Linear Function Behavior (LFB)

Lines through the origin are peculiar in that they have an expression of the form $f(x) = mx$, where $m$ is a constant (the slope). This formula makes possible the following ``additive" property:

\begin{displaymath}f(x_1 + x_2) = m(x_1 + x_2) = mx_1 + mx_2 = f(x_1) + f(x_2). \end{displaymath}

For the particular choices of $x_1 = x^2$ and $x_2 = 2x$, we would have
\begin{displaymath}f(x^2 + 2x) = f(x^2) + f(2x) = f(x^2) + 2f(x). \end{displaymath}

Despite students' tendancies to treat every function as additive, other functions just do not have this property. Typical mistakes made include:
\begin{displaymath}\sqrt{3x^2 + 2x} = \sqrt{3x^2} + \sqrt{2x}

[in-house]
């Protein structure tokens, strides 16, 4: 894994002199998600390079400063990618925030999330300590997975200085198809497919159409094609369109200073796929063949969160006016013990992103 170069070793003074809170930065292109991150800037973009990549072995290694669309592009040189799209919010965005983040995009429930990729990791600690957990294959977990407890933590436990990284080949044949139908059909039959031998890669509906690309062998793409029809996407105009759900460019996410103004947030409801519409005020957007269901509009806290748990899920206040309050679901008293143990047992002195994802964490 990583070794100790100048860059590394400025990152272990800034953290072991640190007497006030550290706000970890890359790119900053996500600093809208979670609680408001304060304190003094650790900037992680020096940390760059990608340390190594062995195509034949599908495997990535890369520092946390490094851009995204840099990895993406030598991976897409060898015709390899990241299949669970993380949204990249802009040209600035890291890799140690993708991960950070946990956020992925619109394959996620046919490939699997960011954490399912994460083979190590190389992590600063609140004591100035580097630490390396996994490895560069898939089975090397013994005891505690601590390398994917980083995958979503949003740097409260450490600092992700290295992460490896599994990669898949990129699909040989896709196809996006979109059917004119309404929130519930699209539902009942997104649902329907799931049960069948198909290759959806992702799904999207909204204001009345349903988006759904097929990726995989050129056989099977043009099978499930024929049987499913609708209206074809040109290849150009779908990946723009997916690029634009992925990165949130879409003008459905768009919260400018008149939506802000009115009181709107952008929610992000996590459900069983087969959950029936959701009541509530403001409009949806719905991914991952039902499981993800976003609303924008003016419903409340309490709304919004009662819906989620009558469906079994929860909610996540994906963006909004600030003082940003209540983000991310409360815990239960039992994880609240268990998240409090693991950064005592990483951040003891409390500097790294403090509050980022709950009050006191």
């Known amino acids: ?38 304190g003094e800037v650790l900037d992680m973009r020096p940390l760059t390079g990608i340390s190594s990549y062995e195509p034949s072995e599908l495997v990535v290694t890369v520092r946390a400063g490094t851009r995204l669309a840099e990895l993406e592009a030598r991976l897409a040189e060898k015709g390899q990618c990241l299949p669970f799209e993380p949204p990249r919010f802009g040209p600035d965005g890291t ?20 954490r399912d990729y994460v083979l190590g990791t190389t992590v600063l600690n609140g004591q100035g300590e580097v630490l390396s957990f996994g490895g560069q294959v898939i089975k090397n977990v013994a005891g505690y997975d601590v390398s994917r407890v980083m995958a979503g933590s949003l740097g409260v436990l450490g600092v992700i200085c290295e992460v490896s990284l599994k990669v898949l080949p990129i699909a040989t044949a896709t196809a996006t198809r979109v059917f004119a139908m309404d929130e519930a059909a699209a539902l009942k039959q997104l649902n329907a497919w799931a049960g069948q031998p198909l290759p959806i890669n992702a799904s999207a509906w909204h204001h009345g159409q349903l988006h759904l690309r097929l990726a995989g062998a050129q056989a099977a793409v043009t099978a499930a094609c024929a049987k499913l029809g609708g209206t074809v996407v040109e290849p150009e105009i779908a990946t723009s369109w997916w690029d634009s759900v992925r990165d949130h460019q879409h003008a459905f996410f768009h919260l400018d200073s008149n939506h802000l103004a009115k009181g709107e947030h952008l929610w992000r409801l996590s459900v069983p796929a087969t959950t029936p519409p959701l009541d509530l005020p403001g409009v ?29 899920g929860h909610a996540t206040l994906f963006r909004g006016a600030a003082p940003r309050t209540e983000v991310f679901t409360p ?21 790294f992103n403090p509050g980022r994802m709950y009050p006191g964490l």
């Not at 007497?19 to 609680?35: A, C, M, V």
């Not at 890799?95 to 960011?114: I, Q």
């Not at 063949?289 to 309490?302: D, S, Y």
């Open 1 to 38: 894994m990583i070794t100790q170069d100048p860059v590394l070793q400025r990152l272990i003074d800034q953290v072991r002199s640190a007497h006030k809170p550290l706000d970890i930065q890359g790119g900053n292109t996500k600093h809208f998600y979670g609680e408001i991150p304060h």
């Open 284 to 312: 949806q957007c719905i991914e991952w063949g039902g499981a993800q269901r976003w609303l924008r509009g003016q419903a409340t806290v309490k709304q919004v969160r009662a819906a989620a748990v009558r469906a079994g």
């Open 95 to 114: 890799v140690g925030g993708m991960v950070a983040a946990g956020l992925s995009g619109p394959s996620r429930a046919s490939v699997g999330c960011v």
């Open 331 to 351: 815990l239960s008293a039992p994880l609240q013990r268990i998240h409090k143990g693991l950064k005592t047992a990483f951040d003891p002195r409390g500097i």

\mbox{\hspace{0.6in} \epsfig{0.5in}{lfb.eps}} \end{displaymath}

\begin{displaymath}(x + 2)^3 = x^3 + 8
\mbox{\hspace{0.6in} \epsfig{0.5in}{lfb.eps}} \end{displaymath}

\begin{displaymath}\ln(2x-1) = \ln(2x) - \ln 1
\mbox{\hspace{0.6in} \epsfig{0.5in}{lfb.eps}} \end{displaymath}

\begin{displaymath}\frac{1}{x+5} = \frac{1}{x} + \frac{1}{5}
\mbox{\hspace{0.6in} \epsfig{0.5in}{lfb.eps}} \end{displaymath}



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Thomas L. Scofield 2003-09-04